Six Estonian Poets,
edited by Doris Kareva (165pp, Arc)
Self-Portrait With A Swarm of Bees, Jan Wagner,
translated by Iain Galbraith, (129pp, Arc)
(O), Sophie Mayer,
The Midnight Letterbox, Selected Correspondence 1950-2010,
Edwin Morgan, edited by Mames
McGonigal and John Coyle
(534pp, £19.99, Carcanet)
Each poet in Six Estonian Poets is introduced. Here is the opening of
Kauski Ülle is the central
figure of the South Estonian
regional movement, a
writer in, and promoter of, the
dialect of southern Estonia.
She was born in 1962, the other poets included are of that generation apart
from the first, Juhan Vilding, born 1948. Even this beginning of a context -
where is Estonia exactly, what is its modern history, what traditions have
been the making of its poetry? - appear to make a clear reading of the poems,
and not least in translation (there are three co-translators of Kauski †lle and more for the whole book), impossibly
But here is the opening of Kauski Ülle's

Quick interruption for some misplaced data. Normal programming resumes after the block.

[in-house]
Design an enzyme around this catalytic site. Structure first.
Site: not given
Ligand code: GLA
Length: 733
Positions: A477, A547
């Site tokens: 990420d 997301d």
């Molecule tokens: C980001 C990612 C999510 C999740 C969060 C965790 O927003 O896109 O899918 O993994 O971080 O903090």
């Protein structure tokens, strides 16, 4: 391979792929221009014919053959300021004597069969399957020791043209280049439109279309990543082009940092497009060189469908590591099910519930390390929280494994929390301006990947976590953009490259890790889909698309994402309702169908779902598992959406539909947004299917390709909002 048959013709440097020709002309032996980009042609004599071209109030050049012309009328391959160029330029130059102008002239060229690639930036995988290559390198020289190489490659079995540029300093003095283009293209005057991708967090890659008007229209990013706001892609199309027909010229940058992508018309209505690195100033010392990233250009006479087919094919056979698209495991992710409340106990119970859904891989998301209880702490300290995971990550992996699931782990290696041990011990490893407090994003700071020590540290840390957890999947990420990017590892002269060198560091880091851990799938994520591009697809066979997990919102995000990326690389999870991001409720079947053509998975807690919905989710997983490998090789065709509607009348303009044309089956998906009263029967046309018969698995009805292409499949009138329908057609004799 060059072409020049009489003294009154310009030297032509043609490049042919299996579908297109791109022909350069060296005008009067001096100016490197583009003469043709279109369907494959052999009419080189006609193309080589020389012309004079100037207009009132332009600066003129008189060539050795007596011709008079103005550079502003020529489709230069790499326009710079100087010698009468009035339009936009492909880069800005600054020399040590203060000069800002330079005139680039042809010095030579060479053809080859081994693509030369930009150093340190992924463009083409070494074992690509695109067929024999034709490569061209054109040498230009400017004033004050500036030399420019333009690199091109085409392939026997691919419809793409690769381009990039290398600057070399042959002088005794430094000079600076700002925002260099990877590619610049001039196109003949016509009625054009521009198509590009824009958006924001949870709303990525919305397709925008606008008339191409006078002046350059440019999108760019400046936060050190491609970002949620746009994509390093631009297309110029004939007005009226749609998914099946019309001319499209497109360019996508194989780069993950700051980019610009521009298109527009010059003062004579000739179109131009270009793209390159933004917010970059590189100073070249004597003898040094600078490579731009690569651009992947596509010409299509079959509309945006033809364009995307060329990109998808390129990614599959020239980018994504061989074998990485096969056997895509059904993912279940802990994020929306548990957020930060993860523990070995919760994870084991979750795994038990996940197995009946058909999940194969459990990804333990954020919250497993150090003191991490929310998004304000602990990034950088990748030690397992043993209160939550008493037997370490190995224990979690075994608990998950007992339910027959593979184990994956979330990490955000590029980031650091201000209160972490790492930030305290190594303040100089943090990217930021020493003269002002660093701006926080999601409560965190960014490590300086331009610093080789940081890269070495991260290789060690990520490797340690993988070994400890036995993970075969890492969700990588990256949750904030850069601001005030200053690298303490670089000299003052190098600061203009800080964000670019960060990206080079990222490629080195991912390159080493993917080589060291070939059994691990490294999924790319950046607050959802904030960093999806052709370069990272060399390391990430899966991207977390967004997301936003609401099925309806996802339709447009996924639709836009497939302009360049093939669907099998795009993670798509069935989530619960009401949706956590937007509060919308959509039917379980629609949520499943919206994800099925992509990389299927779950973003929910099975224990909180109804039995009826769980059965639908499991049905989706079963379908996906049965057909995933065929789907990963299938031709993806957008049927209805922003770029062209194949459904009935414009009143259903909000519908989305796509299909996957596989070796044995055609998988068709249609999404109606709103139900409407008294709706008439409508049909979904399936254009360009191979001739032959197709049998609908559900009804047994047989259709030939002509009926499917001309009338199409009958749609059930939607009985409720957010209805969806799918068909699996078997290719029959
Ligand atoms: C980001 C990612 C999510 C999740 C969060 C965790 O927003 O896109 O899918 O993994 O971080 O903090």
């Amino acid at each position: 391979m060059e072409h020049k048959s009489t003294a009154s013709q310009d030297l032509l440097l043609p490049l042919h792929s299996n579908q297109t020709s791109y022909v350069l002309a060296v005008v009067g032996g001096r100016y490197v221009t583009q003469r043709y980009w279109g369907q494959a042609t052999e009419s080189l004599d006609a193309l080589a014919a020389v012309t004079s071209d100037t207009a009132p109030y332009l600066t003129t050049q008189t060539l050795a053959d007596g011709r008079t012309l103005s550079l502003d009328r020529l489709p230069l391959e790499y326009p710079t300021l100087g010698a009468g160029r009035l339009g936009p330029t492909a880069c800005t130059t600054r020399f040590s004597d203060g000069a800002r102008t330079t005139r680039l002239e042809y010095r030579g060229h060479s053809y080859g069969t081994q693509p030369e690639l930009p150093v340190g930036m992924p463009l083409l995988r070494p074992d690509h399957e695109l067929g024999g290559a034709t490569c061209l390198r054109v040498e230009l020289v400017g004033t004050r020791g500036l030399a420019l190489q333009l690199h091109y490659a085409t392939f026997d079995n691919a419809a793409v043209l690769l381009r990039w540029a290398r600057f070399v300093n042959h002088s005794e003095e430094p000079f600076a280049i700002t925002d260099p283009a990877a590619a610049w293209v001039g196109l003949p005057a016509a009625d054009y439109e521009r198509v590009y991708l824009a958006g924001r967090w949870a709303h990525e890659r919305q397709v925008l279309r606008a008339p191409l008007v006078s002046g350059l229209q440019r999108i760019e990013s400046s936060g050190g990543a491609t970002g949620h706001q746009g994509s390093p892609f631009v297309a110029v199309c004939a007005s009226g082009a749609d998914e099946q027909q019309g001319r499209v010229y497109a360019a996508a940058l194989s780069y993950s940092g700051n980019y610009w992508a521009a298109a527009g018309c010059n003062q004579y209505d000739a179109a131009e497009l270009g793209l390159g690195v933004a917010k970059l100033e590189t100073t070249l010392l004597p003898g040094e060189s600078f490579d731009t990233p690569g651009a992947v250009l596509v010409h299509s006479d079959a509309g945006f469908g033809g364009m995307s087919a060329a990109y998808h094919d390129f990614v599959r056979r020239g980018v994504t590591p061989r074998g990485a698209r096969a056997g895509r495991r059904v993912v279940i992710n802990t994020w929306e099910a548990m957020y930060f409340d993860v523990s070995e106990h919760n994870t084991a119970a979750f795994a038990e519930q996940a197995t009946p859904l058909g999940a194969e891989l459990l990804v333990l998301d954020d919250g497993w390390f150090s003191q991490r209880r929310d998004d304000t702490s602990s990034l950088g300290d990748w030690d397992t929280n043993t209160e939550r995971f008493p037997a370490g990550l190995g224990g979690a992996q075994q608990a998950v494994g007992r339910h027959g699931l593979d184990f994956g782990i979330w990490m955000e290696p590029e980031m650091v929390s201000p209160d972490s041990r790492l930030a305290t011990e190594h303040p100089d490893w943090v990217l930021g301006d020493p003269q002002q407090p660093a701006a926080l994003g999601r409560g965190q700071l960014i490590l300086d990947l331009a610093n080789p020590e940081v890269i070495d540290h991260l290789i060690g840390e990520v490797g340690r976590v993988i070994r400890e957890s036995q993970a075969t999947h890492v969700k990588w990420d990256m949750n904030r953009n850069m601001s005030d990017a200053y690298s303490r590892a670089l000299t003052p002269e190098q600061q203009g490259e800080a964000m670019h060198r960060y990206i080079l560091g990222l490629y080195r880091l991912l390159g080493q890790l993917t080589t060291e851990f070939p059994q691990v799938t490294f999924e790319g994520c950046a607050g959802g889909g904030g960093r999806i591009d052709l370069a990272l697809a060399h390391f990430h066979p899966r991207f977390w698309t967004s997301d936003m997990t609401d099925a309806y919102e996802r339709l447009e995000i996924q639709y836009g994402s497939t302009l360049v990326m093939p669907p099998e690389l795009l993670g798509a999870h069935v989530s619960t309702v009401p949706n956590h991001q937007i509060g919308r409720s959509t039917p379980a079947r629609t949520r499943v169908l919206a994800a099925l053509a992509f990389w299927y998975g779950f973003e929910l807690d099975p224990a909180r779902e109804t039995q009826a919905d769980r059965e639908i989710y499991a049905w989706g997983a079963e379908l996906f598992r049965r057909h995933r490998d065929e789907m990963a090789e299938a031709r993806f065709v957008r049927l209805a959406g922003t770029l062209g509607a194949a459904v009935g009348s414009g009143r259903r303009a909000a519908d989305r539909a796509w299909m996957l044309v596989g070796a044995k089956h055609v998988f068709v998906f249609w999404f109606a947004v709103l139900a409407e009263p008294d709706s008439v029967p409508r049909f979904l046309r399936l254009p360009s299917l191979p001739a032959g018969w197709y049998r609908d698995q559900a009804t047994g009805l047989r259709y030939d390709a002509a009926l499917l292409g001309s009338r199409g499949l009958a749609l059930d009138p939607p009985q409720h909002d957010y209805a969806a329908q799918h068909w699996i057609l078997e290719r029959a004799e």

'Greeting to mothers and mothers' mothers'
Greetings to the mother
to the kindly primal
who keeps all the world
spreader of both warmth
it is to you that we bow
tying lengths of white
yard for you
call your power to make
and give power to our
for the good of all the
take a mouthful of the
and I think yes, there is difference here and there is powerful writing,
alive with it, and how happy a thing to have it now in English. It
communicates across boundaries and it is new. The book has an urgency about
it, a patience too, a life-blessedness:
I formed you and found
rightness in your light,
until your pain
alarmed me: you are
Rain tumbled onto my